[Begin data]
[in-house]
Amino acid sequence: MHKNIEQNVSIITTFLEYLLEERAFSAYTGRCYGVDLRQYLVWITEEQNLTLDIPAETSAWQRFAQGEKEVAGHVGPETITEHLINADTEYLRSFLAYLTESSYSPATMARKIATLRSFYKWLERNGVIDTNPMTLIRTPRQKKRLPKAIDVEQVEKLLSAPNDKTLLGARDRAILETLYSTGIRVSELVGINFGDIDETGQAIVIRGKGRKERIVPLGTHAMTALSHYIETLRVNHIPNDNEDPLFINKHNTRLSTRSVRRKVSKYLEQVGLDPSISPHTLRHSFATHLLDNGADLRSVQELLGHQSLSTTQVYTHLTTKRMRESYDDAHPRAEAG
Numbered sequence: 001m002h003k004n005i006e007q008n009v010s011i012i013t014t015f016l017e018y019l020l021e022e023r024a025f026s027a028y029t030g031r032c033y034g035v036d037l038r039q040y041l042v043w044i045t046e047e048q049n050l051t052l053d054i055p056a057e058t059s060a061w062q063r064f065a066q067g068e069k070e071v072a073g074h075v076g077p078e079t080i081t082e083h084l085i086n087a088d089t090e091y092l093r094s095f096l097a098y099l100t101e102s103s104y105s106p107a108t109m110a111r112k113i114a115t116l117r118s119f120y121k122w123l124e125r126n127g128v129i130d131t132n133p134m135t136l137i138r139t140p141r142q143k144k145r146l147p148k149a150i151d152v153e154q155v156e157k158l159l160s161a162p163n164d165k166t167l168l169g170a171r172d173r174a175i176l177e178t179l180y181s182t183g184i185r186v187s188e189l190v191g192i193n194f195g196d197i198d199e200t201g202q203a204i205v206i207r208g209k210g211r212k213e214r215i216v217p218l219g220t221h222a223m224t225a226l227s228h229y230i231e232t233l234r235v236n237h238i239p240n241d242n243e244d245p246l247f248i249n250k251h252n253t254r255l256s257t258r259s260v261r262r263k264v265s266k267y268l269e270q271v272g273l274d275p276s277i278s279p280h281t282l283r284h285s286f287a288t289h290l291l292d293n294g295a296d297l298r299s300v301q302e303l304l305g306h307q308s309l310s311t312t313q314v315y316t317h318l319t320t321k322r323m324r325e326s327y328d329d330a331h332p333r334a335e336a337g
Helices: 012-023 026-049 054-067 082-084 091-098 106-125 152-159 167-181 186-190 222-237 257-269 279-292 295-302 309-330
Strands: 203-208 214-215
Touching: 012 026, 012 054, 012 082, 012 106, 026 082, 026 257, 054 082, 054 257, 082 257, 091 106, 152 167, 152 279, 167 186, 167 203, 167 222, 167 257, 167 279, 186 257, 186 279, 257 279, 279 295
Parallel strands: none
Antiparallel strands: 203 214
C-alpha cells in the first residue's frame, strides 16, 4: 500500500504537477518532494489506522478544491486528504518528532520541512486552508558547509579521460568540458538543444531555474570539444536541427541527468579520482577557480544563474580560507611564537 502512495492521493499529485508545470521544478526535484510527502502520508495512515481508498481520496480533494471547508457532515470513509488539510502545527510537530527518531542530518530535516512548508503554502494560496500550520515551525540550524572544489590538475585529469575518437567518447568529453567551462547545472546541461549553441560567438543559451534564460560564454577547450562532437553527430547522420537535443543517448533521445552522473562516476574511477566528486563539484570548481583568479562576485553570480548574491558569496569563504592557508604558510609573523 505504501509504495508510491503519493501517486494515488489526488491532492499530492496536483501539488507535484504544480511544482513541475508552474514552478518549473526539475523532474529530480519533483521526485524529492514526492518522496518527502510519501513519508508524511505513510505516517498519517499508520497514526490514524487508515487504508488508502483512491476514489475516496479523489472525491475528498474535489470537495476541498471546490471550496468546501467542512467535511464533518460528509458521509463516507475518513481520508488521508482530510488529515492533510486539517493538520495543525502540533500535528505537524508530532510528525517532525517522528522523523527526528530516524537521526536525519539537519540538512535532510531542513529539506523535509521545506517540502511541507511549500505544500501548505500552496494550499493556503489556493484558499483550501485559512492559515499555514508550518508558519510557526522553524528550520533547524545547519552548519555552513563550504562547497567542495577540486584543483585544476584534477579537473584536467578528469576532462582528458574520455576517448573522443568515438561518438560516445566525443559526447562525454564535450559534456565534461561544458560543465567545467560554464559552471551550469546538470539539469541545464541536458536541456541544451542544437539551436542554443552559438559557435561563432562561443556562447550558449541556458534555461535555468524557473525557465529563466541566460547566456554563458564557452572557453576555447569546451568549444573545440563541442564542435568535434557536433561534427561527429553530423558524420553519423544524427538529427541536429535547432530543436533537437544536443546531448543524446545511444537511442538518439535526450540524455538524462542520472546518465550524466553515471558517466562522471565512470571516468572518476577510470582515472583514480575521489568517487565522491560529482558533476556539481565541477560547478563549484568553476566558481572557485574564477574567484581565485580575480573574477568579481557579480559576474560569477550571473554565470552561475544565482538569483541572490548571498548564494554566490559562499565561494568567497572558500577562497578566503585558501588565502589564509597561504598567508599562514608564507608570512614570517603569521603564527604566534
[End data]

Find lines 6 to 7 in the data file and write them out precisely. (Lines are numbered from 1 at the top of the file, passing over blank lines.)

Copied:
Touching: 012 026, 012 054, 012 082, 012 106, 026 082, 026 257, 054 082, 054 257, 082 257, 091 106, 152 167, 152 279, 167 186, 167 203, 167 222, 167 257, 167 279, 186 257, 186 279, 257 279, 279 295
Parallel strands: none